### Table of Contents

# Angle between two vectors

In there are two angles between any two vectors. The smallest one I'll call . The other one, its 360° complement, I'll call .

The smallest angle between two vectors and is given by:

which follows easily from the geometric definition of the dot product:

The other angle is simply the 360° complement:

## Oriented angle

Some applications call for the *oriented* angle . It's the angle going from one vector to the other in a specific direction. The convention that I use is that the direction be **counter-clockwise**.

Because the angle is oriented, changing the order of vectors (or the used convention) changes the angle's sign:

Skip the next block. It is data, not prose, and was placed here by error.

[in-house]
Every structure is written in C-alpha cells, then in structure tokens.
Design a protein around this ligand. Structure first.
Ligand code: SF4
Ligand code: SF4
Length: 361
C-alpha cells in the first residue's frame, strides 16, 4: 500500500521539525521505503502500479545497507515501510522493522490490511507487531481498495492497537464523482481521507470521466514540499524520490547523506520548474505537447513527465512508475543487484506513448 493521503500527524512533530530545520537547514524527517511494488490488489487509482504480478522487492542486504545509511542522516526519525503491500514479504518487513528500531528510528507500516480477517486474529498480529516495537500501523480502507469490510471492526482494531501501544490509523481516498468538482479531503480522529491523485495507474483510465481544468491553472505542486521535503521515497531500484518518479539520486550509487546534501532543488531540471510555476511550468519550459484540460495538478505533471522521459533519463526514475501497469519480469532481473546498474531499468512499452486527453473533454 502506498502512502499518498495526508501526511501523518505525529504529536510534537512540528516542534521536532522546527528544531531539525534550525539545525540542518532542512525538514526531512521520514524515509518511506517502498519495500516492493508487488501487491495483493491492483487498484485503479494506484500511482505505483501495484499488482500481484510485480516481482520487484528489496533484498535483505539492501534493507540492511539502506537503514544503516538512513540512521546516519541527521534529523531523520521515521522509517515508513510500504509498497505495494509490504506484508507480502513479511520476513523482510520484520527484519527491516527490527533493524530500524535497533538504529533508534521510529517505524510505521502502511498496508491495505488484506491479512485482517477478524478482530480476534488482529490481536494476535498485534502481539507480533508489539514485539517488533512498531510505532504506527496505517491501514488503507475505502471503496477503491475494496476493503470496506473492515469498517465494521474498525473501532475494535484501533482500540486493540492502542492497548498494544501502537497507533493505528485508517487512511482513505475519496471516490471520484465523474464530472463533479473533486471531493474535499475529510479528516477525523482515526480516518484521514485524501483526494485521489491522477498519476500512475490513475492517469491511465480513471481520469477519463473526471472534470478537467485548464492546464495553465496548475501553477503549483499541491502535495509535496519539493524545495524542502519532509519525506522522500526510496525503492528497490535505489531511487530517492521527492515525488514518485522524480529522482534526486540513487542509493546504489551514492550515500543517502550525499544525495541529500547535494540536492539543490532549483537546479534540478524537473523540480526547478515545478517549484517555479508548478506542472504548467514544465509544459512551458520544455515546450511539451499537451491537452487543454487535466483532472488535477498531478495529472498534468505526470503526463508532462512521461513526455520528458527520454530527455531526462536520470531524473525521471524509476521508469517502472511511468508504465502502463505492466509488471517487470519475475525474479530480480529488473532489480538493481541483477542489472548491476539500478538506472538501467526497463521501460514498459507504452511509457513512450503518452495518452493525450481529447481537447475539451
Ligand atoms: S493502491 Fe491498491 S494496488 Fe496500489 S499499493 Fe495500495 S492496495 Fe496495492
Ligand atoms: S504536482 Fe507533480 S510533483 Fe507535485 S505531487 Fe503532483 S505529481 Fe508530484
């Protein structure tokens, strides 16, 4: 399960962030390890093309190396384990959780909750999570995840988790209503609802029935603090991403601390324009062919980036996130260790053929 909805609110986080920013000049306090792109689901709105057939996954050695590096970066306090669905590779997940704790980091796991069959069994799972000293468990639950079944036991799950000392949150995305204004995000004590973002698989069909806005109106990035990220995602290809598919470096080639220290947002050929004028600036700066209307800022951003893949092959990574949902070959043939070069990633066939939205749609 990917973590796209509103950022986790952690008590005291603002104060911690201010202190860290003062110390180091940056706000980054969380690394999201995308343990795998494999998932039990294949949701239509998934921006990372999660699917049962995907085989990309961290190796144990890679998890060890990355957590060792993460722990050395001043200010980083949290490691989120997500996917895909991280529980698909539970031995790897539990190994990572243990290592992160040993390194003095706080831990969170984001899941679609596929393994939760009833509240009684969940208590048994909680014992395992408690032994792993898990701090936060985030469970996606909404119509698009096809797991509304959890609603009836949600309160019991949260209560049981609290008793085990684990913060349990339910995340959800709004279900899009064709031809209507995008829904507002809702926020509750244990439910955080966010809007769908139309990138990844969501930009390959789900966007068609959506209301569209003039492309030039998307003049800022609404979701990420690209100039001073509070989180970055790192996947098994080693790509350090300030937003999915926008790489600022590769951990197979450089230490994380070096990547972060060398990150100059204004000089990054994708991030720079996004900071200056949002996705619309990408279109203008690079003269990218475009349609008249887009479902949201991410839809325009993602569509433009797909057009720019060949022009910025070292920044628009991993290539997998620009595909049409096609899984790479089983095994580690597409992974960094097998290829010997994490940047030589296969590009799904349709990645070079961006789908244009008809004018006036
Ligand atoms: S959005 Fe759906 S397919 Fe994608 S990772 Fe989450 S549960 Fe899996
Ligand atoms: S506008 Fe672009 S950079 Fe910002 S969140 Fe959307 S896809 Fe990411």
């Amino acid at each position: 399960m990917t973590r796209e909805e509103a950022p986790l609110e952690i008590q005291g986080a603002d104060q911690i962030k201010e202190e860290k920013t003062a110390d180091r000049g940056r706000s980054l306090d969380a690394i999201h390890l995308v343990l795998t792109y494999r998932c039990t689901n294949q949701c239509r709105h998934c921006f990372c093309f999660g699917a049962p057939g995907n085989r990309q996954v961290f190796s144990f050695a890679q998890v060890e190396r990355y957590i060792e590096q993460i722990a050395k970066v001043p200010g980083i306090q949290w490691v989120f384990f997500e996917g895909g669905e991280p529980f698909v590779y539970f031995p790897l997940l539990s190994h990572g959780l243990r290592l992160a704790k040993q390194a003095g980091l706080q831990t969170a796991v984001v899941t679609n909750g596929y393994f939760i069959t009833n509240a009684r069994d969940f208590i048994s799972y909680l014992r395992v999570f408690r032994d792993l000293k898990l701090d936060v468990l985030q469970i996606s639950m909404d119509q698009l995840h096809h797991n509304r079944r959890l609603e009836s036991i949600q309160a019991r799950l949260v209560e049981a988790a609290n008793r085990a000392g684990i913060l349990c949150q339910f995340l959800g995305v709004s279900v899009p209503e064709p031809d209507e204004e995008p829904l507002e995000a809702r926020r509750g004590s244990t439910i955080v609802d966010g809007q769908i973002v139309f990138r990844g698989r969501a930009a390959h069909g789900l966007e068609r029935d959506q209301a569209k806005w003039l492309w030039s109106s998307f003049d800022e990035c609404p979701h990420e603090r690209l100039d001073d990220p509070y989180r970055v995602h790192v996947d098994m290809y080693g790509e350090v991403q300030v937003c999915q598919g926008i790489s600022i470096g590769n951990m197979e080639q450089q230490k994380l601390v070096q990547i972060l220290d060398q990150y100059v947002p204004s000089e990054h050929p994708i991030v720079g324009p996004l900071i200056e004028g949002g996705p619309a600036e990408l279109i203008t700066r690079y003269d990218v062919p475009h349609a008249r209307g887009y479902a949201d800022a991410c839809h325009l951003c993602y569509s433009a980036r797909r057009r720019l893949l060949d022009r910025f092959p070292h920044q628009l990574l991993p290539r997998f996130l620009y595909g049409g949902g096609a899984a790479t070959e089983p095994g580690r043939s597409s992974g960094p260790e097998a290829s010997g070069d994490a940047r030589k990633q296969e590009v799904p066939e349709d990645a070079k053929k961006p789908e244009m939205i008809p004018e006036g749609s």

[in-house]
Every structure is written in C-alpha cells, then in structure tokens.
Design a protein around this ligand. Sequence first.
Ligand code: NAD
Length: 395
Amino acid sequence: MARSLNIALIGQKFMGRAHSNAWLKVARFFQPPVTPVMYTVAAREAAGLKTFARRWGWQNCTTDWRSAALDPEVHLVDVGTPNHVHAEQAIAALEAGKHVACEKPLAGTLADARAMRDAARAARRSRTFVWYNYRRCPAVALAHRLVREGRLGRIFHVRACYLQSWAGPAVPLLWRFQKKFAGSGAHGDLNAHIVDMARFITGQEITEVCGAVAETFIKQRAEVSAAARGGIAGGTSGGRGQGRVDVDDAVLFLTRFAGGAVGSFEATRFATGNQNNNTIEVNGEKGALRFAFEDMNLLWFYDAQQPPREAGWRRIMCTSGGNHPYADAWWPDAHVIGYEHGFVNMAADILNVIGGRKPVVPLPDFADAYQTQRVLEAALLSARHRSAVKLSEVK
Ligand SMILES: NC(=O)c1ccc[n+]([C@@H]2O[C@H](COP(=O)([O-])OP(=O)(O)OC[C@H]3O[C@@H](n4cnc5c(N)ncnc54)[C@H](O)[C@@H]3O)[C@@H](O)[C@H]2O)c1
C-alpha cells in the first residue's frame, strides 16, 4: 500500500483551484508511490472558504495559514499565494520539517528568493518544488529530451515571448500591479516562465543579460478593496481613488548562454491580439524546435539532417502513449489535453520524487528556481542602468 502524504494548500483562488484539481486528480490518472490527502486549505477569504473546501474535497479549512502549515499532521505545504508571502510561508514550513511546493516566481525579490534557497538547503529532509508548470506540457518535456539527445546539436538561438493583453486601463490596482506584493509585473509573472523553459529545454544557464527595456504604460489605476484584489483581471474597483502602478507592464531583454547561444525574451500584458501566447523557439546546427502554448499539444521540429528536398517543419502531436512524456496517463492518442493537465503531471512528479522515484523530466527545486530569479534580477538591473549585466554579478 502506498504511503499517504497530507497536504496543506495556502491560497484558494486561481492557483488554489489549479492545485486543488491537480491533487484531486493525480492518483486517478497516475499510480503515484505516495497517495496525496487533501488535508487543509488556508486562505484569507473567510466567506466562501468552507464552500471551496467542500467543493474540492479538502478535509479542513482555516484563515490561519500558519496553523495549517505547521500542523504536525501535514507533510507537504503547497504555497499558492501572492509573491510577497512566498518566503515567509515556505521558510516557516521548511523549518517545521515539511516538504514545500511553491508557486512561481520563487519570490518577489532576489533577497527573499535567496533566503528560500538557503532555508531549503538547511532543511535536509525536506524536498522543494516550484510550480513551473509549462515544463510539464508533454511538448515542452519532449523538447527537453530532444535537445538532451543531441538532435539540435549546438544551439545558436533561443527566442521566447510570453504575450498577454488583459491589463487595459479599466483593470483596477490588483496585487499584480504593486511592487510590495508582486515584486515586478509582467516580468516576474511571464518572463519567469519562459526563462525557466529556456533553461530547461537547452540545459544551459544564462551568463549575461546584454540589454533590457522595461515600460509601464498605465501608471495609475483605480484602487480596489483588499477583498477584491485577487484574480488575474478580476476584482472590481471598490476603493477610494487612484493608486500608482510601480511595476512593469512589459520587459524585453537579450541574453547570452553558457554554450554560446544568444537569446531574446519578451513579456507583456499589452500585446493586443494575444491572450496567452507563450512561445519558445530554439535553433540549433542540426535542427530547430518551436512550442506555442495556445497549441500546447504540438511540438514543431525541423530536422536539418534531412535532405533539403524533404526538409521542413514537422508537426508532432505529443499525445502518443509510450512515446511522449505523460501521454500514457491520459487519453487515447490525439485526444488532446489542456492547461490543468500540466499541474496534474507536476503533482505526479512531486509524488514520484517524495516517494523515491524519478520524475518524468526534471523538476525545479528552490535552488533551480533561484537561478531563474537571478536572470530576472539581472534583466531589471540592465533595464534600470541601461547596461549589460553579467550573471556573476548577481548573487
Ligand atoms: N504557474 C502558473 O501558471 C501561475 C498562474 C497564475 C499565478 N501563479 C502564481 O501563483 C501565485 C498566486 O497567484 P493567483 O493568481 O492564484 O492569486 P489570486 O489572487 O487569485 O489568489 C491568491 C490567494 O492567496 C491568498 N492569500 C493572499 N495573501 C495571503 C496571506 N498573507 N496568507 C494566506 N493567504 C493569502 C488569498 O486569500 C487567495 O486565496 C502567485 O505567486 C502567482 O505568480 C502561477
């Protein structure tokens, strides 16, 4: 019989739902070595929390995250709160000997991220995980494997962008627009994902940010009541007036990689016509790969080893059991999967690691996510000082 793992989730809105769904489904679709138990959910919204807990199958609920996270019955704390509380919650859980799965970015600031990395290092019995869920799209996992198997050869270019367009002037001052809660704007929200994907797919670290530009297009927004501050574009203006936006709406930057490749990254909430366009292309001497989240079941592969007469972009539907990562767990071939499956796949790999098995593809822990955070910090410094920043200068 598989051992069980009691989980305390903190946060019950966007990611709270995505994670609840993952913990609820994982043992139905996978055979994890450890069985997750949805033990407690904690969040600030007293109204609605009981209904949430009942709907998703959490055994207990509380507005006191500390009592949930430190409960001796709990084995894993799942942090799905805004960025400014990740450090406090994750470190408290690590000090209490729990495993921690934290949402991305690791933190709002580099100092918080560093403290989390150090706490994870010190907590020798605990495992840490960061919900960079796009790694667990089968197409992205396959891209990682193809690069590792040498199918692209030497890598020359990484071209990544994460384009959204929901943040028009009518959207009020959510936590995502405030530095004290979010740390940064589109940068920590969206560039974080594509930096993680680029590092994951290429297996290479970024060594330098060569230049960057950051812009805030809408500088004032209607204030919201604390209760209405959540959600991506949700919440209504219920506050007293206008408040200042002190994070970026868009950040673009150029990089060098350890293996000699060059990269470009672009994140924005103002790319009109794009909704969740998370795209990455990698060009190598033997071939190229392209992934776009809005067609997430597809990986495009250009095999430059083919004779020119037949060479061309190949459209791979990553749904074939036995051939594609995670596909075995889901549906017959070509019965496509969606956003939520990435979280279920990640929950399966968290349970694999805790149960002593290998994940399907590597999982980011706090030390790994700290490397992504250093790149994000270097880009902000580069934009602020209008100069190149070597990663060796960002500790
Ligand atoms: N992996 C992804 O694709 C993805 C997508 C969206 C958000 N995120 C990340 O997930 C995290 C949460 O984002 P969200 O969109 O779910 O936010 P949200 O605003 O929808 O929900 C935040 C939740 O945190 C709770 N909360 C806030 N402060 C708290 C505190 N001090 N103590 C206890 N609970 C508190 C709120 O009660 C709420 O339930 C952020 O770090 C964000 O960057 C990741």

or, equivalently:

Furthermore:

It's also worth noting that:

which is why the dot product doesn't carry enough information to compute .

### In two dimensions

In any coordinate system:

### Derivation: in two dimensions

Using the geometric definitions of the two-dimensional cross product and the dot product:

Solving for the sine and cosine:

Solving for (see Systems of equations involving the cosine and the sine of an unknown):

The simplification can be done because and eliminating it will not change the result (see properties of atan2).